“Barely. Almost not at all,” he responded. “Almost. He’s still moving.”
A18 was done waiting
In a medical emergency, every second counts. But, according to the incident report, a police unit wasn’t assigned to the incident until almost 1:37 p.m. — a full 11 minutes after the dispatcher sent units to the residence.
A18 waited for about seven minutes. With another call from the teen coming through, the firefighters made a decision.
They cautiously entered the residence without police at approximately 1:39 p.m.
The firefighters started CPR when they saw the father. E35 (“Engine 35,” which comprises four firefighters) arrived a minute later to assist. Soon after, the police showed up.
Police arrive, but it’s too late
Police arrived on the scene — at 1:45 p.m. — and began to assist. At the same time, M10 (“Medic-10 unit, comprised of two medics) arrived at the scene.
A source says Seattle police escorted the teen to the apartment’s lobby, as others worked to save his father. But it would be too late. Despite an hour-long resuscitation effort, they were unable to keep the man alive.
Due to privacy laws, the 911 calls were redacted when the teen details specific medical issues his father was facing. The medical examiner, as of this week, hasn’t released a cause of death. But two veteran medics familiar with the incident explained to the Jason Rantz Show on KTTH that this was likely avoidable.
One medic explained that “had it been addressed early, his chance of survival would have been 60%.”
The medic believes it was a ventricular fibrillation arrest based on details from the case and noted “it’s very save-able,” so long as it’s treated quickly. Indeed, Public Health of Seattle & King County notes a 67% survival rate if Seattle first responders get to the patient before the cardiac arrest. It’s just 21% if they arrive after. It’s unclear when the father went into cardiac arrest.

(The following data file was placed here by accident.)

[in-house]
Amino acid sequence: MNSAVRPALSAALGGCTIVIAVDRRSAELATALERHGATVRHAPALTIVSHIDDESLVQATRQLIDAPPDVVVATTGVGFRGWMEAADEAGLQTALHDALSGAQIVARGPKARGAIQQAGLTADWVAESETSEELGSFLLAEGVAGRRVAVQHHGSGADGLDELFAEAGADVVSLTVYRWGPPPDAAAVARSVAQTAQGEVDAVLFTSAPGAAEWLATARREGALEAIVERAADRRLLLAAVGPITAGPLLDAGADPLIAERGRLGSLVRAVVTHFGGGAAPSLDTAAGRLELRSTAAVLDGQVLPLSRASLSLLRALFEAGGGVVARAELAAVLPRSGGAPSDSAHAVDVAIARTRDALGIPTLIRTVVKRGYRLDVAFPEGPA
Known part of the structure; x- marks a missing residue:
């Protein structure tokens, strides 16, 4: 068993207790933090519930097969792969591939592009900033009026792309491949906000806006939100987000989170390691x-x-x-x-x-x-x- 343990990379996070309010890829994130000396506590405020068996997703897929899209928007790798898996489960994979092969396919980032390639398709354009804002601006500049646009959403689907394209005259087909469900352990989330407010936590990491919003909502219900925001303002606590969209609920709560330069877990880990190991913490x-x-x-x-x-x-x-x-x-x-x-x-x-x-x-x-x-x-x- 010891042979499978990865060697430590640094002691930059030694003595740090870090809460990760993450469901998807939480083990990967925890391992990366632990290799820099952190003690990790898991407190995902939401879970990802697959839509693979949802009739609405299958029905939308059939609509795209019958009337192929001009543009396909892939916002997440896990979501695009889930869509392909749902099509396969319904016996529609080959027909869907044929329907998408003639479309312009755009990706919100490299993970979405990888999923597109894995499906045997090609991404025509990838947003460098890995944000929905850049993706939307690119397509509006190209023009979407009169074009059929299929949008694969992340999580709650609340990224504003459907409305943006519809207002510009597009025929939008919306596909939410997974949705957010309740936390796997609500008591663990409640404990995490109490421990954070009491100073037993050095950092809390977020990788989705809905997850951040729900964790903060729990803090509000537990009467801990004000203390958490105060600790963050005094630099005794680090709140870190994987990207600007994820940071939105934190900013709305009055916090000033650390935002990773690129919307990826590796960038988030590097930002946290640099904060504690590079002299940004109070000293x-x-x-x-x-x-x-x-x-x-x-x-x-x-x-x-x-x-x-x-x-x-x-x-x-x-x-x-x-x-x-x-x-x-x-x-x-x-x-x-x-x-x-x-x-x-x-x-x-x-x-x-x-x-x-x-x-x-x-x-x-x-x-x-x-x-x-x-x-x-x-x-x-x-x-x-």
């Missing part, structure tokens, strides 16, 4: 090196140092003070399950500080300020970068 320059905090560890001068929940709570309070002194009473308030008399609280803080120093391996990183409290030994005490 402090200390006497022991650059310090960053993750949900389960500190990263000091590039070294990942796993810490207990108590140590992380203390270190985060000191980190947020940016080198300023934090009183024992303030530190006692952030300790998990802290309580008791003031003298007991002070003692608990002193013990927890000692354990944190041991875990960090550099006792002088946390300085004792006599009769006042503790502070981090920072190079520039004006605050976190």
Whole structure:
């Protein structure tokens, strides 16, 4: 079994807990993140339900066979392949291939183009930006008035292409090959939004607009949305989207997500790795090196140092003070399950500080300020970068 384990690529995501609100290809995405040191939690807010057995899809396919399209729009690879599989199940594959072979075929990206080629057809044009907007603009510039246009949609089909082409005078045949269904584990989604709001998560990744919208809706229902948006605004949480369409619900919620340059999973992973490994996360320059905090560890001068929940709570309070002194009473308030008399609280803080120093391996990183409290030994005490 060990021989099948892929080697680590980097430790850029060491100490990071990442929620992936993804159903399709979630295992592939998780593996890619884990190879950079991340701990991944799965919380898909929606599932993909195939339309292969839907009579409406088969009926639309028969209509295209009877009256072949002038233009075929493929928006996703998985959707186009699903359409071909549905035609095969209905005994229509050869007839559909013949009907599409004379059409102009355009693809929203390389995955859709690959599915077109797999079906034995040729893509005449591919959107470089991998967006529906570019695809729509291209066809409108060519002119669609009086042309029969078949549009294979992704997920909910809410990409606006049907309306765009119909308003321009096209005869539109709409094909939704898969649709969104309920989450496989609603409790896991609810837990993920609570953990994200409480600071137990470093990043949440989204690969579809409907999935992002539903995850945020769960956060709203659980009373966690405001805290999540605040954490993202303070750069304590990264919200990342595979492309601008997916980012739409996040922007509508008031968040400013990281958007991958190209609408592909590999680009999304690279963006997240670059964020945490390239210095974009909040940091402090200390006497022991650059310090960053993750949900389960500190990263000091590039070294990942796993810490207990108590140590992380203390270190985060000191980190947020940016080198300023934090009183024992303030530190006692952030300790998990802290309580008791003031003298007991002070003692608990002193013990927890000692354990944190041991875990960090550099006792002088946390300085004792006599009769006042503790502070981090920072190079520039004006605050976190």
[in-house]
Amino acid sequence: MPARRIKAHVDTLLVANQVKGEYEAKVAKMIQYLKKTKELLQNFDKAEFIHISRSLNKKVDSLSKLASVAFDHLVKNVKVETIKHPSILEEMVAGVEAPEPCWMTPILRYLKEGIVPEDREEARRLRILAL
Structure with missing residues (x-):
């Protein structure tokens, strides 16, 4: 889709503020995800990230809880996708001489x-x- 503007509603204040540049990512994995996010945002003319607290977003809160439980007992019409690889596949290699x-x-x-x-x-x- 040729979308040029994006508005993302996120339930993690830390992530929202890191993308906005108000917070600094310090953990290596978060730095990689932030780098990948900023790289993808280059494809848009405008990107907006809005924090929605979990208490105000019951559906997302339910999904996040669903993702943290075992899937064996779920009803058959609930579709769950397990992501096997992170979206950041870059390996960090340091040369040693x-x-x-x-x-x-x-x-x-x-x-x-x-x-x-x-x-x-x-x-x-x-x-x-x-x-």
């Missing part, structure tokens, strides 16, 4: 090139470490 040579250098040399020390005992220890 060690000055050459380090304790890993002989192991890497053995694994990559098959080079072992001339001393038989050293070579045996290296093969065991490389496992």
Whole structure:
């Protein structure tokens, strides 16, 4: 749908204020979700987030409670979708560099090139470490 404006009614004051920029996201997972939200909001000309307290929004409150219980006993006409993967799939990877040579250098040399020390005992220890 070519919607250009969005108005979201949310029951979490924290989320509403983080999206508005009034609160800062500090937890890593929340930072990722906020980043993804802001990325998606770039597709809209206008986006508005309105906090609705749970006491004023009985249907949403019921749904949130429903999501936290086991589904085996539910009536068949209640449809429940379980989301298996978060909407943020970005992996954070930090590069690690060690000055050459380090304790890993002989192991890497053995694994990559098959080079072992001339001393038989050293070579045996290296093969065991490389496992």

The medic says that this specific heart issue explains why the resuscitation efforts were attempted at the residence, instead of at a hospital. This process is normal, the medic says.
It wasn’t just a staffing issue that delayed the response. An error also played a role in this outcome: The cautionary premise note on the address was outdated.
Outdated warning delayed response
In the aftermath of the tragedy, it became clear that the cautionary note attached to the address should not have been there. At least, not for the current tenants.
A spokesperson with Seattle Fire confirmed the warning was for the apartment’s previous tenant. That tenant was “known to be combative towards SFD and SPD.” But that tenant moved out of the apartment, and the victim and his son recently moved in. The cautionary note was never removed from Seattle Fire’s internal system.
“Unfortunately, we learned during the most recent emergency response that the cautionary note was for a previous tenant,” a spokesperson for Seattle Fire emailed the Jason Rantz Show on KTTH. “We are carefully reviewing this incident from many angles in our department (operations, dispatch, etc.) and our Premise Notes Policy.”
This incident revealed a flaw in the system. It only checks the premise notes every two years. How is Seattle Fire to know when a potentially dangerous tenant moves out? The spokesperson said the department recently installed a new system “which includes the capability to verify premise notes and alert operations companies on a more frequent basis.”
Unless the check is daily, there could be situations like this that fall through the cracks. But it’s why Seattle Fire relies on Seattle police in situations like these.